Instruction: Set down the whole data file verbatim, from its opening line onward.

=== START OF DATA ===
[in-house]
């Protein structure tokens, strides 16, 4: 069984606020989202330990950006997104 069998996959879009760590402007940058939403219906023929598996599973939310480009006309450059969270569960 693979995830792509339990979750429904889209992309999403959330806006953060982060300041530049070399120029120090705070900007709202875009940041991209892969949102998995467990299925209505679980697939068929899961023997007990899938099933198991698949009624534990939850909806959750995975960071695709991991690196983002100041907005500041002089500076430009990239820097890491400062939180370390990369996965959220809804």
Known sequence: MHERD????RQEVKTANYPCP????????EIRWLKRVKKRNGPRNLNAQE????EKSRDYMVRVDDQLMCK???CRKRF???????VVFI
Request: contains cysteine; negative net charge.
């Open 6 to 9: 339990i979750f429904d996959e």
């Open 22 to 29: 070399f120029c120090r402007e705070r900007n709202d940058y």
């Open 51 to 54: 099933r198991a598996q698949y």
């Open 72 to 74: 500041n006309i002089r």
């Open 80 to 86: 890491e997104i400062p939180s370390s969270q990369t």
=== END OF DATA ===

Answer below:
[in-house]
């Protein structure tokens, strides 16, 4: 069984606020989202330990950006997104 069998996959879009760590402007940058939403219906023929598996599973939310480009006309450059969270569960 693979995830792509339990979750429904889209992309999403959330806006953060982060300041530049070399120029120090705070900007709202875009940041991209892969949102998995467990299925209505679980697939068929899961023997007990899938099933198991698949009624534990939850909806959750995975960071695709991991690196983002100041907005500041002089500076430009990239820097890491400062939180370390990369996965959220809804």
Known sequence: MHERD????RQEVKTANYPCP????????EIRWLKRVKKRNGPRNLNAQE????EKSRDYMVRVDDQLMCK???CRKRF???????VVFI
Request: contains cysteine; negative net charge.
């Open 6 to 9: 339990i979750f429904d996959e």
């Open 22 to 29: 070399f120029c120090r402007e705070r900007n709202d940058y």
């Open 51 to 54: 099933r198991a598996q698949y």
């Open 72 to 74: 500041n006309i002089r």
């Open 80 to 86: 890491e997104i400062p939180s370390s969270q990369t």